Dealmaking is a fascinating phenomenon. An individual’s ability to influence a string of events in order to bring about a desired end, be it closing a private equity transaction with a German family business or negotiating a holiday deal with a Brazilian travel agent, is a combination of skill, luck, perseverance and sometimes magic. In fact, dealmaking is a lot like having sex. If you get into it with the wrong person it’s a horrible experience. If, however, the chemistry is right then it’s bloody amazing.
I see it in finance regularly and it invariably amazes me. Yet I am equally in awe when I witness it in other areas of business or, for that matter, outside of the commercial world.
Dealmaking is an art. And though art is open to interpretation, I believe that if you boil it (dealmaking) down to its essence some of those core principles can successfully be applied across a great number of activities: capital raising (investment banking); launching a new drink (beverage business); selling products online (Internet); setting up a wind farm (alternative energy); or brokering a Monet (art world).
London: near Trafalgar Square
A few weeks ago I met up with a very interesting acquaintance, Elliot Grove. As the founder of the Raindance Film Festival, he has been one of the biggest names in the independent film world.
The two of us hadn’t seen each other in a while and I was in the neighbourhood, having just stepped out of a meeting with an Indian Family Office. So I called him and we decided to grab coffee around the corner.
We caught up on life and he updated me on the recent going-ons at Raindance. It was your typical half hour catch-up. How are things? How are the loved ones? What’s new? What sucks?
As we got ready to part Elliot asked me where I was headed.
“It’s a nice day so I’ll head over to Hyde Park, sit somewhere and type up a short little post,” I said.
“What about?” Elliot asked.
“Don’t know yet. I’d like to write something on dealmaking.”
“Does it have to be about high finance,” he asked.
“Does it have to include seven zeroes to interest you?” he asked with a smile.
“Nope,” I said.
“I’ll head over to the park with you. You can listen to some Raindance stories. Then I’ll head home and leave you to digest it.”
We both hopped into a taxi.
“We’re going to Hyde Park. If you could please drop us off at one of the entrances near Knightsbridge,” I told the cab driver.
We arrived to our destination and took a few minutes to walk around and find a bench to sit on. Found one we did. And it offered a view onto One Hyde Park, one of the most expensive residential developments in the world. The flats there are owned by a motley crew of ultra-rich international businesspeople, many of whom acquired the assets using offshore vehicles to avoid tax and remain anonymous. The roster of owners reflect random business names. Funny enough, one of my clients, an English family, considered buying a flat but in the end the price per square foot was “rather extraordinary”. It is said that one of the penthouses sold for over £140 million.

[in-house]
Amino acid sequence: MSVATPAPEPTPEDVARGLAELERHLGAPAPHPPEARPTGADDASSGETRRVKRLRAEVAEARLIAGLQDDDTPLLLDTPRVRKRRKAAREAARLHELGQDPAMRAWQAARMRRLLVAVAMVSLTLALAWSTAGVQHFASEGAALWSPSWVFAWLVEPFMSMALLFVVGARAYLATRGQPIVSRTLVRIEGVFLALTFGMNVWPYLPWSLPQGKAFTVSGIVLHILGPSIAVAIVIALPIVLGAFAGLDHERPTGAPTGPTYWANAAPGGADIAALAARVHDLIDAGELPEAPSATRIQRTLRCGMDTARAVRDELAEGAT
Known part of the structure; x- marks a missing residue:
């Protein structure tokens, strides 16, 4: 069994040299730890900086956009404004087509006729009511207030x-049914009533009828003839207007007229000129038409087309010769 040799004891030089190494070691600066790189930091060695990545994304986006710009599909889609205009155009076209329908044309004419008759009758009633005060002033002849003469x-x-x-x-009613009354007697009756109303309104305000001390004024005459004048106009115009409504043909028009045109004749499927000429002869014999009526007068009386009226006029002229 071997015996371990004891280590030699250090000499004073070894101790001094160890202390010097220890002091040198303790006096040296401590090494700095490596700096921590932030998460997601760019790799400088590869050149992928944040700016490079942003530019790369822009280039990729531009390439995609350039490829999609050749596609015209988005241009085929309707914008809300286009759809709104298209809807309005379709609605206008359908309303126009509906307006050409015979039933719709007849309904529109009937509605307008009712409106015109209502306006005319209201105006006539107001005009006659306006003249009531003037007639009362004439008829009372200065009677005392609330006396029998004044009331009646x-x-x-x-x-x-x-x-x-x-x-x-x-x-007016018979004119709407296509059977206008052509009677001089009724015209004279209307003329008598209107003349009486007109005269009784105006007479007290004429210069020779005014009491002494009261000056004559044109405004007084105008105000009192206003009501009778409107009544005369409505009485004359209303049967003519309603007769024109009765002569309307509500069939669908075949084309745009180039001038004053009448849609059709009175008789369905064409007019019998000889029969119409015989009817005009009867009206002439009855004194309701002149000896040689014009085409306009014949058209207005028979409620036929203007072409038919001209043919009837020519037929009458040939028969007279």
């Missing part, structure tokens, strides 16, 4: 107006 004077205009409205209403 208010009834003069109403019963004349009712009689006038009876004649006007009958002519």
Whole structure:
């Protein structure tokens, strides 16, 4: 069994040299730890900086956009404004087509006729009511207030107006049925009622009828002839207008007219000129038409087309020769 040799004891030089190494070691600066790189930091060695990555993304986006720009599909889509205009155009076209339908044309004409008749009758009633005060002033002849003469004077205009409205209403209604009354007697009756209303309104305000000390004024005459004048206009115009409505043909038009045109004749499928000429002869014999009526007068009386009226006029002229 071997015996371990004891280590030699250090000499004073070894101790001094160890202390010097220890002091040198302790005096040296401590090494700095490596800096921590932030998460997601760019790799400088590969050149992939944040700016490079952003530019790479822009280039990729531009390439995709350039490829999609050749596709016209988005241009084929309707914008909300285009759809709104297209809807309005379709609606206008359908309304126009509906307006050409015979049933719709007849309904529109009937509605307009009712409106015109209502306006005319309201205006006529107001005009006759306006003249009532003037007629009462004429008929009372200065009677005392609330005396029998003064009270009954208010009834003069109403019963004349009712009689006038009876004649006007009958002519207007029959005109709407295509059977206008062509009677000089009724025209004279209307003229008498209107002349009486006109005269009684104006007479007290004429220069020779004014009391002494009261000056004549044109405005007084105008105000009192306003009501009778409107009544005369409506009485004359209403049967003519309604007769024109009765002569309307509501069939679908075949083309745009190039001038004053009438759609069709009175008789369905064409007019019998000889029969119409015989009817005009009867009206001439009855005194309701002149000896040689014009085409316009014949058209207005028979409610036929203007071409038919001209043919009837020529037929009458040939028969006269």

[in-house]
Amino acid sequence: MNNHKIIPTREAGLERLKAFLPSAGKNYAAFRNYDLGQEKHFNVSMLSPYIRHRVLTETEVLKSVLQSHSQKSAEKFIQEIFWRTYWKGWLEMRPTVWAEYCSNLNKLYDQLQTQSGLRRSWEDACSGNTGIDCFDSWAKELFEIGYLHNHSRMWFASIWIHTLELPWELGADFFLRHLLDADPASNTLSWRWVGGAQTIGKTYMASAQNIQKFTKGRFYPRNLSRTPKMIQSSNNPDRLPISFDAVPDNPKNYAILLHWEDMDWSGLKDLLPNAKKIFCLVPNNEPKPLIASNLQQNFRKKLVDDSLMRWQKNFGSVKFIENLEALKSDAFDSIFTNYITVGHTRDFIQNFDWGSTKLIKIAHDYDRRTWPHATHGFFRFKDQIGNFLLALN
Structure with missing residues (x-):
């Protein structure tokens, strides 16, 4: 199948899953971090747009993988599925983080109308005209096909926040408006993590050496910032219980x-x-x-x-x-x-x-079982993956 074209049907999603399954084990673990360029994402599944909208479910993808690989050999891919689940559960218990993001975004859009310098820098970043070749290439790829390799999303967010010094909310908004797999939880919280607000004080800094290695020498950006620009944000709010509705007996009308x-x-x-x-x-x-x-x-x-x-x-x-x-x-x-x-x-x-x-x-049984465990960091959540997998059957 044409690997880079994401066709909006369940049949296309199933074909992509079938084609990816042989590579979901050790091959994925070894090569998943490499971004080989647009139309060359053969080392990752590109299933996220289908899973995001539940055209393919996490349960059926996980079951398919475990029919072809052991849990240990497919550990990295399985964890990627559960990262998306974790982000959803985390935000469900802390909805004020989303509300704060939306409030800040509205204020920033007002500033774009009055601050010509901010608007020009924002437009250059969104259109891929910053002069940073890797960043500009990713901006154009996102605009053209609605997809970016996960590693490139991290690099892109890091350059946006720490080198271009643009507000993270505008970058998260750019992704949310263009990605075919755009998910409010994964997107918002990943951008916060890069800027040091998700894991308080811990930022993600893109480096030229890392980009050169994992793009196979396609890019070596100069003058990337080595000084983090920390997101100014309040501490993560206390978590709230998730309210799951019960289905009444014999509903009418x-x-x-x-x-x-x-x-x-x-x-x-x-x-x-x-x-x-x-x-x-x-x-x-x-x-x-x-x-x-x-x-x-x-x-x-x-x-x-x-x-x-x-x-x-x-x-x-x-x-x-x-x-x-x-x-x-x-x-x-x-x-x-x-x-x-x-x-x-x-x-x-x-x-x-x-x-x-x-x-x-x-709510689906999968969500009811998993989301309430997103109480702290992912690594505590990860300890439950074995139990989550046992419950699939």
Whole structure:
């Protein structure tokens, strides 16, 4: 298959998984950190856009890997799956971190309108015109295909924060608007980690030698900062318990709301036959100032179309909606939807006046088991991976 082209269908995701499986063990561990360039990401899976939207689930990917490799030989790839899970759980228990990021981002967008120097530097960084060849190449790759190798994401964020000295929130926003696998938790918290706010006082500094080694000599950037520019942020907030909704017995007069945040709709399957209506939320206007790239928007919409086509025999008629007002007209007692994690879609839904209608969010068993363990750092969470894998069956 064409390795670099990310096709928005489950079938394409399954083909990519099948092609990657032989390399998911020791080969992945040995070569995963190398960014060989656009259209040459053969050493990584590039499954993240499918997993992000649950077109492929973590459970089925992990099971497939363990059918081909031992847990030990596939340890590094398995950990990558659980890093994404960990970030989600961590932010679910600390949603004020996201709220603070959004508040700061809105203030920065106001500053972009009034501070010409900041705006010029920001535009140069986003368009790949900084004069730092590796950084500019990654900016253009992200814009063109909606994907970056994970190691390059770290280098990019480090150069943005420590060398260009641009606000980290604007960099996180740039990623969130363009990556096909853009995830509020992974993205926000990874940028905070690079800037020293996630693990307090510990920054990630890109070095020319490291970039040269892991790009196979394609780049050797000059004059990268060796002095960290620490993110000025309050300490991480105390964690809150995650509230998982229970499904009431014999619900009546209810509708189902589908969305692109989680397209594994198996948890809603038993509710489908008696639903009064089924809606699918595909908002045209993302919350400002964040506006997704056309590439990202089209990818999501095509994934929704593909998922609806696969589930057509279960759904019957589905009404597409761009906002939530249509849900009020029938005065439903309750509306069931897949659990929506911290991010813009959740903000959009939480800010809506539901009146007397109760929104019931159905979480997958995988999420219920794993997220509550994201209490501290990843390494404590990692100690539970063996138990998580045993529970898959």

“So, let’s hear it,” I said to Elliot, curious to hear about the dealmaking stories of his world.
He began to speak and I listened for nearly three quarters of an hour. By the end of it I was, once again, pleasantly surprised by the parallels I saw in his world and mine. So many practices are the same. Only the lingo is different.
An unusual start
Everywhere you look it’s the same story. To get something off the ground it takes pulling off a stunt or two (or more). Sure, you have to work hard, be persistent and put in your dues. However, to get that initial lift-off you sometimes have to do something you’d rather mention only after you’ve succeeded, if you know what I mean.
Elliot was working as a debt collector when he decided to launch Raindance, an independent film festival and filmmaker training organisation.
And he started the business while holding that job. What’s more, he did it with practically zero investment. Bootstrapped.
His objective was clear. The first Raindance festival would be held in London, where he was based.
The birth of Raindance
How did Elliot, a man with no previous experience of running a film festival, do it? By taking action. He typed up, on a traditional printer, an invitation for film submissions to the 1st Raindance Film Festival, to be held in London. Nobody had heard of Raindance before. But that was fine. It was a new organisation.
The big question was, how on earth will he attract people to an unknown festival?
Choosing the right date for the event was pivotal. What Elliot knew very well was that most of the film world attended the Cannes Film Festival in the month of May and usually hung around Europe for a little while before heading back to their respective home countries. Therefore, he chose a date very close to the French festival to benefit from existing regional traffic. “They love partying in London and won’t miss the opportunity to come down for a few days and have some fun. It’s a win-win situation,” said Elliot.
At some point, he had to spend a little money on marketing. The budget came to £150. Not a staggering sum. Use of proceeds: to send faxes to producers, agents, filmmakers and various film professionals around the world inviting them to come to Raindance. Remember, e-mail wasn’t the norm yet in those days.
So invitations were faxed.
Soon after, and to Elliot’s surprise, people confirmed they would attend. Especially filmmakers, desperate to show off their work, and buyers, hoping to get their hands on the next bestselling piece of art. “It worked,” he said. “I was ecstatic. But then I was like, shit, I need to organise the damn event now. It’s real.”